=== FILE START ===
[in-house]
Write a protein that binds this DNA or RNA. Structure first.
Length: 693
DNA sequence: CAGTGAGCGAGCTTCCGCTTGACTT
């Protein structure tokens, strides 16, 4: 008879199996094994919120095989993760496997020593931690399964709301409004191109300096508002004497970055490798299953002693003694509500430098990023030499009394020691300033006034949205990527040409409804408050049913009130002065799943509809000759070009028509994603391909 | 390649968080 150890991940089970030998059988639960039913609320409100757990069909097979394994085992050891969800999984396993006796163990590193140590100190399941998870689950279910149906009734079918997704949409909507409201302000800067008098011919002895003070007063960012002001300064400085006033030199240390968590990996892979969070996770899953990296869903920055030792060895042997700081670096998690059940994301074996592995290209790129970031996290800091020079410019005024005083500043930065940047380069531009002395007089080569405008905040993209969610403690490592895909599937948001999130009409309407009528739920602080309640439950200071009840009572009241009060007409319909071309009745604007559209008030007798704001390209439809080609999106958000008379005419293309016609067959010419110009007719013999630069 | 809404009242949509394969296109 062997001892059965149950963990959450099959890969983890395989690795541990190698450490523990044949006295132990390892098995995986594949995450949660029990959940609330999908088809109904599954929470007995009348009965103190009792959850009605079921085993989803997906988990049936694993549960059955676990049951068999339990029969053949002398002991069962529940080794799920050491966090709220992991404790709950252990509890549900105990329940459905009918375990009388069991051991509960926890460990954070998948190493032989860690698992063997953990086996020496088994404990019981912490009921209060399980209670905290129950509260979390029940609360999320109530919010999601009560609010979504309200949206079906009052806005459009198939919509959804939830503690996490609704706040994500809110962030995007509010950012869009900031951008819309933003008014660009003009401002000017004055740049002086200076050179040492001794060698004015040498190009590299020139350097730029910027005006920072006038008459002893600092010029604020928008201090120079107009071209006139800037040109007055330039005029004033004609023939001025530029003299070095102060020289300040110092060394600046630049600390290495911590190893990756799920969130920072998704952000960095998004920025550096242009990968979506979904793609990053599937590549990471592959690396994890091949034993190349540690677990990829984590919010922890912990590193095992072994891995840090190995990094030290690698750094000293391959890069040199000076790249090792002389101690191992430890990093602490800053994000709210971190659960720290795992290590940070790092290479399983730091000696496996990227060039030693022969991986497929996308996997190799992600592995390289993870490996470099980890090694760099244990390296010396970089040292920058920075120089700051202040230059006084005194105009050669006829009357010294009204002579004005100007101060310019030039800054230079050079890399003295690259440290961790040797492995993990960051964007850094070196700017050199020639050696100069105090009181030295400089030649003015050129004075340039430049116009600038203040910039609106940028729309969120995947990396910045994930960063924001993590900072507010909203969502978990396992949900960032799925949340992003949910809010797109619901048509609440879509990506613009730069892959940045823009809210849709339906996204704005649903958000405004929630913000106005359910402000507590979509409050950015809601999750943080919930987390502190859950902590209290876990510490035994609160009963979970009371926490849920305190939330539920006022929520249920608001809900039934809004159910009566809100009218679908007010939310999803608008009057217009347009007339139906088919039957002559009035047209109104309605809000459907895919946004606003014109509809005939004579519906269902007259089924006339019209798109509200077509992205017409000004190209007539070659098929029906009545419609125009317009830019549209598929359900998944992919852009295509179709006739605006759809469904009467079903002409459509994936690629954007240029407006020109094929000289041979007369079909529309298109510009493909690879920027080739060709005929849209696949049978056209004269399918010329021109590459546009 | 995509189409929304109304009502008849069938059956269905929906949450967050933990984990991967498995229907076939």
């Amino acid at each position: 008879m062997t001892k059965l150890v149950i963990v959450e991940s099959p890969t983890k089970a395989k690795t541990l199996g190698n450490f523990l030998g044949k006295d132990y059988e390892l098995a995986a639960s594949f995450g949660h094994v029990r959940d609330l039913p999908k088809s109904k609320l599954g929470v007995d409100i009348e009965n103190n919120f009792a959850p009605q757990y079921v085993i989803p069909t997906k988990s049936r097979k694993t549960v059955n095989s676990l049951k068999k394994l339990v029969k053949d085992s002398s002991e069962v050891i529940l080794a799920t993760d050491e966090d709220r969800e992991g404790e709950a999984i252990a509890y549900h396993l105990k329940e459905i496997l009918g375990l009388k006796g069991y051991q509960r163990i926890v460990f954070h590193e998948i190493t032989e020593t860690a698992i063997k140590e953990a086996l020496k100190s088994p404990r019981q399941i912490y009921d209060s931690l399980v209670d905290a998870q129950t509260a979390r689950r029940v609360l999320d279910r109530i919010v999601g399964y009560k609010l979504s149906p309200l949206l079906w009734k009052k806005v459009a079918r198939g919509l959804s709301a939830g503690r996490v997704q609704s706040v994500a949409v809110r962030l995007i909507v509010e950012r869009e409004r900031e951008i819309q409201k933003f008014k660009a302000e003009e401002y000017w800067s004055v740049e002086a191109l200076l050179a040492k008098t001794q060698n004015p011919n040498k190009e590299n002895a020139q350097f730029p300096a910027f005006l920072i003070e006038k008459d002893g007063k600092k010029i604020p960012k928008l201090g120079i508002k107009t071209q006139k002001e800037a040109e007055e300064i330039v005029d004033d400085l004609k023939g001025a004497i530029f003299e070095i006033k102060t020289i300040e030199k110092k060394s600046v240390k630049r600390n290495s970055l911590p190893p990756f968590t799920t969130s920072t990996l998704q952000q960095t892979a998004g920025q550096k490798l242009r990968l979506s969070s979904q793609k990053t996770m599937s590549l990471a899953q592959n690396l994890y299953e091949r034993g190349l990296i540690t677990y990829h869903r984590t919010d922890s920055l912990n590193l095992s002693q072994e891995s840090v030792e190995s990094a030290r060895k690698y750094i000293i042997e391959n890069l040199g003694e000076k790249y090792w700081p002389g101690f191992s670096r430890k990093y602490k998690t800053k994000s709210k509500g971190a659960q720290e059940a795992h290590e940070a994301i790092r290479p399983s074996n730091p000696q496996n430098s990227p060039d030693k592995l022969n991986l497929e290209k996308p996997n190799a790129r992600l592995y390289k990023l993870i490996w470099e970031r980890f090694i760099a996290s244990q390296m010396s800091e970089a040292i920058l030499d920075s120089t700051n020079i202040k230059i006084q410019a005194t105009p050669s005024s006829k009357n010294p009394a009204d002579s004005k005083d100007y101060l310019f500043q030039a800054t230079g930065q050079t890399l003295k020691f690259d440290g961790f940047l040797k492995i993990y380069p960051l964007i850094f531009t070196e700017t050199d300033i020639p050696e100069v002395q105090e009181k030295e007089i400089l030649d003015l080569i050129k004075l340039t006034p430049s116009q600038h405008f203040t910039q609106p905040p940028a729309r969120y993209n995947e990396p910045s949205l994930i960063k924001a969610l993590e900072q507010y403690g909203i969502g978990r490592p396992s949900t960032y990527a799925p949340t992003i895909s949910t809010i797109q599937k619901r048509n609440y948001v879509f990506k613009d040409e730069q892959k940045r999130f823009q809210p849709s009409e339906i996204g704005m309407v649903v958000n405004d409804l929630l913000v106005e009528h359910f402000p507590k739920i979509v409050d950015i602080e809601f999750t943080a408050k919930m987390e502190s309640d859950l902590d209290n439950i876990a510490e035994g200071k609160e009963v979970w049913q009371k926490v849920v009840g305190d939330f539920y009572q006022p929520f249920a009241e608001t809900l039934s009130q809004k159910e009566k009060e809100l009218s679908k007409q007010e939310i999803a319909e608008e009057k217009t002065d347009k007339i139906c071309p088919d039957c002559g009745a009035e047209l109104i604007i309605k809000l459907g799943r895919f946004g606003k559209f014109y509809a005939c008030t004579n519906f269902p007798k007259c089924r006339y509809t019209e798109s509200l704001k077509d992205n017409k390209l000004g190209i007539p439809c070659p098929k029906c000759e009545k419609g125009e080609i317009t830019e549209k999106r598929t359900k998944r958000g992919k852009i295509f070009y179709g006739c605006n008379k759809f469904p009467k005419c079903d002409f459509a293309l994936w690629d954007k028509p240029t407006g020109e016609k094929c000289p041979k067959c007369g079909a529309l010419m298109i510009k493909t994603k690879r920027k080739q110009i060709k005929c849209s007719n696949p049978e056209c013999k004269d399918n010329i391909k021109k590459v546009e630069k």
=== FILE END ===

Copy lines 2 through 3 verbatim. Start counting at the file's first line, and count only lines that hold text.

Write a protein that binds this DNA or RNA. Structure first.
Length: 693